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Marine Corps Recruiting Command

Marine Corps Base Quantico, Va.

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Montford Point Marines observe modern-day recruit training; reflect on service during segregation

By Sgt. L. F. Langston | | February 27, 2004

MARINE CORPS RECRUIT DEPOT SAN DIEGO, Calif. -- Several of the pioneering Marines who trained at Montford Point, N.C., in the 1940s visited the Depot Feb. 13 to attend the morning colors ceremony and Company D's graduation, followed by a visit to the command museum.

The Montford Point Marines blazed a trail into the Corps' future while at the same time marking their place in its history books as the first black Marines.  

For decades the Marine Corps didn't accept African Americans.  It wasn't until 1941 when President Franklin Delano Roosevelt signed Executive Order 8802 to establish the Fair Employment Practice Commission, banning discrimination "because of race, creed, color, or national origin" in all government agencies.

Among the Montford Point Marines visiting the Depot were retired Sgt. Maj. Augustus "Gus" Willis, retired Master Sgt. Willie E. Marbrey, retired Sgt. Maj. William "Movin" Vann, Master Gunnery Sgt. Nathaniel R. Hosea and retired 1st Sgt. Barnett Person Sr.
While the Montford Point Marines play an important role in black history, Willis said he likes to think of it as just Marine Corps history.

"To get a point across for history it doesn't have to be about race, creed, or religion," he said.

Recruiting for the "Montford Marines" began June 1, 1942 and thousands of African-American men flocked to recruiting offices.

One of those men was Marbrey, who joined in 1945 and retired after 24 years of service. He expressed his satisfaction with his Marine Corps career.

"I had a beautiful career.  The military is our family and the Marine Corps is our intimate family," said Marbrey. 

Having close and personal family was one of the keys to Marbrey's honorable 24 years of service.

"I was astonished at the camaraderie at the camp, and that changed my attitude," Marbrey said.

Marbrey is not the only one who's success was aided by someone close to him. Vann said his wife, Evangeline, was a big part of his career.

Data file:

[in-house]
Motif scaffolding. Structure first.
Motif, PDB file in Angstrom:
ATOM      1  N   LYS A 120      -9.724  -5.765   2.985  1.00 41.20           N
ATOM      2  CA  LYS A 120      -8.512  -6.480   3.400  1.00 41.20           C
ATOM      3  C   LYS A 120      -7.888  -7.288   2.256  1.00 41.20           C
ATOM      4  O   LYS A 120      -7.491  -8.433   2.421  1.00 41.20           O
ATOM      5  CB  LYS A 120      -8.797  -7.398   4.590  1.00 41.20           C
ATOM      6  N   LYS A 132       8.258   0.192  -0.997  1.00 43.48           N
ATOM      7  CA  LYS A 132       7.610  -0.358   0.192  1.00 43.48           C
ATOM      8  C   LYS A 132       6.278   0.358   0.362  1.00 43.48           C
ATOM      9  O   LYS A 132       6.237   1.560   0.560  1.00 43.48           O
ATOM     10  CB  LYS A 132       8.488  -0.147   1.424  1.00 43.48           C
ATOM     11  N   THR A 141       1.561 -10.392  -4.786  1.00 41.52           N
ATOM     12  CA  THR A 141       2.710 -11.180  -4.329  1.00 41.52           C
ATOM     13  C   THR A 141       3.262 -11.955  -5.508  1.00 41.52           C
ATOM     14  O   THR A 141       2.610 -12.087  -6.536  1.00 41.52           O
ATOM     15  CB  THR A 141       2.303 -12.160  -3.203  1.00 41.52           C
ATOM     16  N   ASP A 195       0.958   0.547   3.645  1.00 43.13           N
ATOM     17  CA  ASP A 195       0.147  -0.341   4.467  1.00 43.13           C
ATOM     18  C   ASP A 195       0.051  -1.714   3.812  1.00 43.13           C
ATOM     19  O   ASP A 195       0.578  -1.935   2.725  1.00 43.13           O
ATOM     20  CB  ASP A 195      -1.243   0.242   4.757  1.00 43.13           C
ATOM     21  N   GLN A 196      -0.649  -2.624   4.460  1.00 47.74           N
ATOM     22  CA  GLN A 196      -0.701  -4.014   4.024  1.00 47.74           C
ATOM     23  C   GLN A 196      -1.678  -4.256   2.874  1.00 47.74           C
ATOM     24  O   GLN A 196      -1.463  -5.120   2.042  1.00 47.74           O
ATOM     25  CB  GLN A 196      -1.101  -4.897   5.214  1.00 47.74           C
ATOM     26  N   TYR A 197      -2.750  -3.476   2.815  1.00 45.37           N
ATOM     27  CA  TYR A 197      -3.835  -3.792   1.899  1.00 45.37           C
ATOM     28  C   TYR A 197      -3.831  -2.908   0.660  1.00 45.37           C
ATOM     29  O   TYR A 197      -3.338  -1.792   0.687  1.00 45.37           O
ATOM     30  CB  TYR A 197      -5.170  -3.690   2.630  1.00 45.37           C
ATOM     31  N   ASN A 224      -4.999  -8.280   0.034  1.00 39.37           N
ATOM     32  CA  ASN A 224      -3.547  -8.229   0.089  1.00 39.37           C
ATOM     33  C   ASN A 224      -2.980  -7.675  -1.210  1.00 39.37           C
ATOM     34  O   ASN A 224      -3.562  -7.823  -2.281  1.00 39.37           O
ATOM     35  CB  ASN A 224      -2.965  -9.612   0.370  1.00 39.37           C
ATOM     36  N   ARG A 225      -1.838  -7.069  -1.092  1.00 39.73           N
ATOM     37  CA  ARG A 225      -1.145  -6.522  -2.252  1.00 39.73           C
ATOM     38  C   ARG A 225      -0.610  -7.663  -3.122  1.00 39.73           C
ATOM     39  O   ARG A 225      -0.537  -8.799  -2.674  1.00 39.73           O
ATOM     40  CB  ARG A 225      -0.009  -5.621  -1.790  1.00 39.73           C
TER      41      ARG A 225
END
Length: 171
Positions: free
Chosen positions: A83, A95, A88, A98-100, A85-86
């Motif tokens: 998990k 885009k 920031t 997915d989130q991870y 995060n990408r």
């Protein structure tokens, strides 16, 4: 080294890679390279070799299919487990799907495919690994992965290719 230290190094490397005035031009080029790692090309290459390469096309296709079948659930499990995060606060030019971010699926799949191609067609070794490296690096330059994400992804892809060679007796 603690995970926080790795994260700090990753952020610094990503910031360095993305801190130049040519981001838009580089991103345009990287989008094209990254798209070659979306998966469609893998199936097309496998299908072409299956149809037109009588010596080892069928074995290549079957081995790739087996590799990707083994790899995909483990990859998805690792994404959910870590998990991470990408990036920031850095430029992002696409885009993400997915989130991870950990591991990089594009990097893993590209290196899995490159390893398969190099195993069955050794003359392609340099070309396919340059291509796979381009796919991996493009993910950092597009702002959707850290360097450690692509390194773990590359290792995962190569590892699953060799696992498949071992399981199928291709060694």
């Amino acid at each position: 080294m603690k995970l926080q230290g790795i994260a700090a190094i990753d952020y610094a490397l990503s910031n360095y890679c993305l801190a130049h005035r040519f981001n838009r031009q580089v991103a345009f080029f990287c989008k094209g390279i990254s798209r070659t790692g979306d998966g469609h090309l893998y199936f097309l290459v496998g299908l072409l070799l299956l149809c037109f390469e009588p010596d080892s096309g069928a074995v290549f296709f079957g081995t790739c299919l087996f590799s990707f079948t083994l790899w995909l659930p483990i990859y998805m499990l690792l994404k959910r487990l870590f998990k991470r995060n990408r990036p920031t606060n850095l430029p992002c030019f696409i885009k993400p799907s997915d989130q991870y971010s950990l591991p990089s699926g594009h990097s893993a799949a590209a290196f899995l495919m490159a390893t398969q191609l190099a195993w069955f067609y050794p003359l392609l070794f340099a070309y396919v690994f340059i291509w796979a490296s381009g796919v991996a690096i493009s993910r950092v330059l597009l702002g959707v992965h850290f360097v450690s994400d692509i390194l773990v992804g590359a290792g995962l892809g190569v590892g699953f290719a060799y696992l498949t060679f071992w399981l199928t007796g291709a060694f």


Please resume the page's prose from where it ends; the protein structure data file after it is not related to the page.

"I have nine stars of good conduct.  She helped me earn them," Vann said.

With the ills of segregation and the demands of the Marine Corps itself, Evangeline said she understood what it meant to be a Marine's wife.

"I was trying to help him be where he wanted to be," said Evangeline.  "It was rough in the Marine Corps, but it was also rough on the outside."

The early Montford Point Marines withstood a lot of the discontent and upheaval of a diverse military. They paved the way for Marines such as Hosea.

Hosea served 29 years, excelling and taking advantage of the education and training the Corps offered. However, he still experienced some of the discomforts of being a minority in a changing world.

"In my 29 years, I was never in a group of more than five black Marines and I was always the senior," said Hosea.

Hosea recalls how the Marines were accounted for every morning on a roster.

"1,200 total Marines, 10 officers, 2 colored.  That's the way it was written on the master sheet at Signal School Battalion," said Hosea.

Approximately 30,000 black Marines are on active duty today and do not show up on morning rosters as colored, but as enlisted or officer. The times of segregation and profound racism in the military are in the past, but not forgotten.

The men of Montford Point proved their worth and set the example, therefore the Montford Point Marine Association plans on keeping their history alive.

"We want to preserve the legacy of the Montford Point Marines and give the Marine Corps and civilian community history and information they're not aware of," said Willis.

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